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Could a Gene Help Make You Obese?

Certain DNA might keep people hungry, study suggests

WebMD News from HealthDay

By Dennis Thompson

HealthDay Reporter

MONDAY, July 15 (HealthDay News) -- Researchers have discovered a potential genetic explanation for why some people overeat and run a greater risk for obesity.

People who carry two copies of a variant form of the "FTO" gene are more likely to feel hungry soon after eating a meal, because they carry higher levels of the hunger-producing hormone ghrelin in their bloodstream, an international team of scientists found.

What's more, brain scans revealed this double FTO gene variant changes the way in which the brain reacts to food and ghrelin. People with the double variant displayed different neural responses in the brain region known to regulate appetite and the pleasure/reward center that normally responds to alcohol and recreational drug use.

About one in every six people carries two copies of this FTO gene variant. These folks are 70 percent more likely to become obese than people who carry other versions of FTO gene, according to background information in the study published July 15 in the Journal of Clinical Investigation.

"We've known for a while that variations in the FTO gene are strongly linked with obesity, but until now we didn't know why," said lead author Dr. Rachel Batterham. "What this study shows us is that individuals with two copies of the obesity-risk FTO variant are biologically programmed to eat more."

Evolution may be responsible for the existence of this double variant in so many people.

"For the majority of the time that humans have existed food has been scarce. Having this genetic variant would have conferred a survival advantage," said Batterham, head of obesity and bariatric services and director of Center for Obesity Research at University College London Hospitals.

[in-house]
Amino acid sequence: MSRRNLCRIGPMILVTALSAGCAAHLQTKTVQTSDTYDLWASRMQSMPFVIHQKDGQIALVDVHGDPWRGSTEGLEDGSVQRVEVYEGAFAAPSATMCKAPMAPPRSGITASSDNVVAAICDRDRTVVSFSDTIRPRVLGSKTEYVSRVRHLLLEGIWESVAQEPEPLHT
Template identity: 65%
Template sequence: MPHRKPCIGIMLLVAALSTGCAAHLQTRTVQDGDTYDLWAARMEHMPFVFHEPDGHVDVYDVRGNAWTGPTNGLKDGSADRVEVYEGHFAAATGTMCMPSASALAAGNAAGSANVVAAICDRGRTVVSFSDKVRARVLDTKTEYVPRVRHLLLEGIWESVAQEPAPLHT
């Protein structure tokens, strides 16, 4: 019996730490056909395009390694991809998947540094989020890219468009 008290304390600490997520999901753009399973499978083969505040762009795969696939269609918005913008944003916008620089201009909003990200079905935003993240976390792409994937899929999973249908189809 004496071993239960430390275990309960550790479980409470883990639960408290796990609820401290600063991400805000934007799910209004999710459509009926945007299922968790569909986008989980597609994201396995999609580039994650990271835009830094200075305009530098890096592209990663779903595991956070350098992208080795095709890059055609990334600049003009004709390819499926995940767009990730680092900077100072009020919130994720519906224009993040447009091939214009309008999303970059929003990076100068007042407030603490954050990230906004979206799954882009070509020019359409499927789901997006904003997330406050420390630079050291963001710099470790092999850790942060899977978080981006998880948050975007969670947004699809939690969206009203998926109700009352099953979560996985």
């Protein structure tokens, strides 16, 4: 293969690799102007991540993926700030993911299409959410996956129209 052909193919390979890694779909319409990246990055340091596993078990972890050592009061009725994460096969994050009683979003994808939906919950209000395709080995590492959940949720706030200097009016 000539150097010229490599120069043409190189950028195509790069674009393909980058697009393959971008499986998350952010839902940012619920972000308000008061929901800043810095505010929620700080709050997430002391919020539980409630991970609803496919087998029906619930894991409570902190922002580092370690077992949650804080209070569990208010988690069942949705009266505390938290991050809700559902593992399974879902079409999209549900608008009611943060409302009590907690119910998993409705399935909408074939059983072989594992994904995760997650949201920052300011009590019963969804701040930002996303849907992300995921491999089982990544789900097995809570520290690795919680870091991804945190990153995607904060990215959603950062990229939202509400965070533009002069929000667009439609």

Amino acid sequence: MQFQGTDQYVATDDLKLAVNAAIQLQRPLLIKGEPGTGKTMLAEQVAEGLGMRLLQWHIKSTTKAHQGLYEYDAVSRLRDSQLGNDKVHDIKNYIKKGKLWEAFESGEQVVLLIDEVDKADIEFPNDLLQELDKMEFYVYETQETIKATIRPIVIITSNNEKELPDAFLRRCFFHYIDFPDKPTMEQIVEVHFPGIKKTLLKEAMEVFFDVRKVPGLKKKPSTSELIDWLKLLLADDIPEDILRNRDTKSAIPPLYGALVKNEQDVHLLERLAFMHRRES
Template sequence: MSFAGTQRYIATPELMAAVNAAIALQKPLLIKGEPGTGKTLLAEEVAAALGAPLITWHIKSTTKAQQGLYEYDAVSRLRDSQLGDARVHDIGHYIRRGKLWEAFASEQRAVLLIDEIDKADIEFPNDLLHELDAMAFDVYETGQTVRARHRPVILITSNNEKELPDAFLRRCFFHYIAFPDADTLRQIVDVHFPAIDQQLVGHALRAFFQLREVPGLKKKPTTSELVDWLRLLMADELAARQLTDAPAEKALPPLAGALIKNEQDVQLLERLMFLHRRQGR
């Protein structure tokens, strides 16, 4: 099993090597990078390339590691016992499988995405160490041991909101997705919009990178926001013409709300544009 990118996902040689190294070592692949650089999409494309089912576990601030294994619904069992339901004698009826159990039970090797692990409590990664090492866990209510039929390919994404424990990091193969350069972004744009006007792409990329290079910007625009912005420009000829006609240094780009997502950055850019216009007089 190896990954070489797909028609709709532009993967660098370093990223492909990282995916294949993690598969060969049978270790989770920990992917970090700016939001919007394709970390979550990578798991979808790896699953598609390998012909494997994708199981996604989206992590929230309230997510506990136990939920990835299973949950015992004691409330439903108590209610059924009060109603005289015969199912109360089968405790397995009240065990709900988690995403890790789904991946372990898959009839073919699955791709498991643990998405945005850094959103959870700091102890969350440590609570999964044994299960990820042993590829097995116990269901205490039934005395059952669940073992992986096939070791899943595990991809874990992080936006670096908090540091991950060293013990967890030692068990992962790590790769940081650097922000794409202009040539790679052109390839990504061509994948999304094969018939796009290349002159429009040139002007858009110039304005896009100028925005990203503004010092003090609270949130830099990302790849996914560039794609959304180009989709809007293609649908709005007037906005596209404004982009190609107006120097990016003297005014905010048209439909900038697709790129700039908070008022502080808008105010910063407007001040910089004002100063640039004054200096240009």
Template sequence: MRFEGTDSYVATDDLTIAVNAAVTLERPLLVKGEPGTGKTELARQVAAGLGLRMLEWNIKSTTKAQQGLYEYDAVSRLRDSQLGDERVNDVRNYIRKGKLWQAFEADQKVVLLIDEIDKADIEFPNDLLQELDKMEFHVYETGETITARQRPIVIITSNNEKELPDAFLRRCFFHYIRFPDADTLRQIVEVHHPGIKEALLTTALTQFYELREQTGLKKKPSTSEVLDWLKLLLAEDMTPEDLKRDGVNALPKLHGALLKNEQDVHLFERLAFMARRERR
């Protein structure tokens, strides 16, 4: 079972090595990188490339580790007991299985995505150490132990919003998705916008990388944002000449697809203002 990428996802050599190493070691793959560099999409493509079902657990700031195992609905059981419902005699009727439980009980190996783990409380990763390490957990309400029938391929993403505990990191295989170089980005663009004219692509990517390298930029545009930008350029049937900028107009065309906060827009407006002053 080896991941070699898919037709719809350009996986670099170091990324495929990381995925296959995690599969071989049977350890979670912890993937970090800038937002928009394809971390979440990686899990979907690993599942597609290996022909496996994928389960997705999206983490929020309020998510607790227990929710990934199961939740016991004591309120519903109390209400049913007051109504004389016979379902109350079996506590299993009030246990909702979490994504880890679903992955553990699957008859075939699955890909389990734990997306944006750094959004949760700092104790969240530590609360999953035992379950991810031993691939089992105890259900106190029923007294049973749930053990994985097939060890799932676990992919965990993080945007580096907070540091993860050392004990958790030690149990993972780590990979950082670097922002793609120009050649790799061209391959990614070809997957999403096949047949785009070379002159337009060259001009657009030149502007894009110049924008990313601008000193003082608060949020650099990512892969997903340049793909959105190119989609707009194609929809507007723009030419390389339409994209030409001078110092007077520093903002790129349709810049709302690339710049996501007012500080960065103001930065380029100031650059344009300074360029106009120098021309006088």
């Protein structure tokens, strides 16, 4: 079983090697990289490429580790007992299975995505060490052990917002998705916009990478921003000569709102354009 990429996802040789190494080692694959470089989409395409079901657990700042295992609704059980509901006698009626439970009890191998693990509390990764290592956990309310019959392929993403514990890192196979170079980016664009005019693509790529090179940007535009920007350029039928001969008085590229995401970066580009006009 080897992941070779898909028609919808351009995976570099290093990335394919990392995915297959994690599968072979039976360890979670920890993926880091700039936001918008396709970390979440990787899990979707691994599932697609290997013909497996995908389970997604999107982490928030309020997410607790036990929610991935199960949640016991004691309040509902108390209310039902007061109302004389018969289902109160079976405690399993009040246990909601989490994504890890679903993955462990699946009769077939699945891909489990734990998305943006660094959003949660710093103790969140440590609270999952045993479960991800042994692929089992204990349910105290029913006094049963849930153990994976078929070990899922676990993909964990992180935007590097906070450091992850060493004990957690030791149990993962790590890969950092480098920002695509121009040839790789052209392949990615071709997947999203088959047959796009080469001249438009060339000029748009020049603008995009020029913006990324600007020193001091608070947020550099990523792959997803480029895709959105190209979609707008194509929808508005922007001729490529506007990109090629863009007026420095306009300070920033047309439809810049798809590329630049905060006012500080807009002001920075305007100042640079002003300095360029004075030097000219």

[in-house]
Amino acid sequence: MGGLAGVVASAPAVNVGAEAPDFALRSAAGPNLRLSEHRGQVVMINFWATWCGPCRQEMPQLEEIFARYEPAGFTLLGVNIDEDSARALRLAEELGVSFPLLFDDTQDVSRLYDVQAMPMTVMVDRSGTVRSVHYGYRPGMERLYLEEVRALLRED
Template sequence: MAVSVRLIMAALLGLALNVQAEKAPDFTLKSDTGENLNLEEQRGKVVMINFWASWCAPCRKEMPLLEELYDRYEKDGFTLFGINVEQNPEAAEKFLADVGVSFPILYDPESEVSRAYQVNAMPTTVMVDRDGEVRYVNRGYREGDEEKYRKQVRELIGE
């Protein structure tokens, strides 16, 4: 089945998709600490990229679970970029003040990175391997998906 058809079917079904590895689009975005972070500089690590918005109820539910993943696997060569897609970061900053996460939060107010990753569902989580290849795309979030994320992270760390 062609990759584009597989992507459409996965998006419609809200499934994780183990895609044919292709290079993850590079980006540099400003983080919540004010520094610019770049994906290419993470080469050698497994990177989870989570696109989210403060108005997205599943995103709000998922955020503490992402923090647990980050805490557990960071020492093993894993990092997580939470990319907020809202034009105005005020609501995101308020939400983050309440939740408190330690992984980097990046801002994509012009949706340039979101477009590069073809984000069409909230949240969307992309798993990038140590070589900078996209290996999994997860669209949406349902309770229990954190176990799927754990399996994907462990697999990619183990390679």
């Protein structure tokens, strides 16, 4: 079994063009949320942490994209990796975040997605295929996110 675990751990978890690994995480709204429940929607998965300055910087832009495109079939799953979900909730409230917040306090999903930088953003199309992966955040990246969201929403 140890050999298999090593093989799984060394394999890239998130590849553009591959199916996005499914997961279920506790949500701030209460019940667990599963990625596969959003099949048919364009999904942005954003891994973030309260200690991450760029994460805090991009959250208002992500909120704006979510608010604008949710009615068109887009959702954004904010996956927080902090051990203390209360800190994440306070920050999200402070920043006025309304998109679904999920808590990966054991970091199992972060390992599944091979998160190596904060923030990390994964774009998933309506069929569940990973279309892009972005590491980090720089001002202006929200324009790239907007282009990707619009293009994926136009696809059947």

The researchers first asked a group of 20 men -- 10 with the double variant, and 10 with a version of the FTO gene linked to lower obesity risk -- to rate their hunger before and after a meal. Blood samples were taken to test their levels of ghrelin, a hormone secreted by the stomach that stimulates appetite.

Ghrelin levels normally increase before meals and fall afterward, but researchers found the men with the double FTO variant had much higher ghrelin levels after a meal and felt hungrier after eating than men who had the variation that carries lower obesity risk.

In the next step, the research team used functional MRI to measure how the brain responds to food images and ghrelin levels before and after a meal, using a different group of 24 men.

MRI scans revealed altered brain activity in the double-variant men, both in the appetite-controlling hypothalamus and the brain's "reward" regions, which are known to respond to alcohol and recreational drugs. The altered activity occurred in response to food images and to the ghrelin in their bloodstream.

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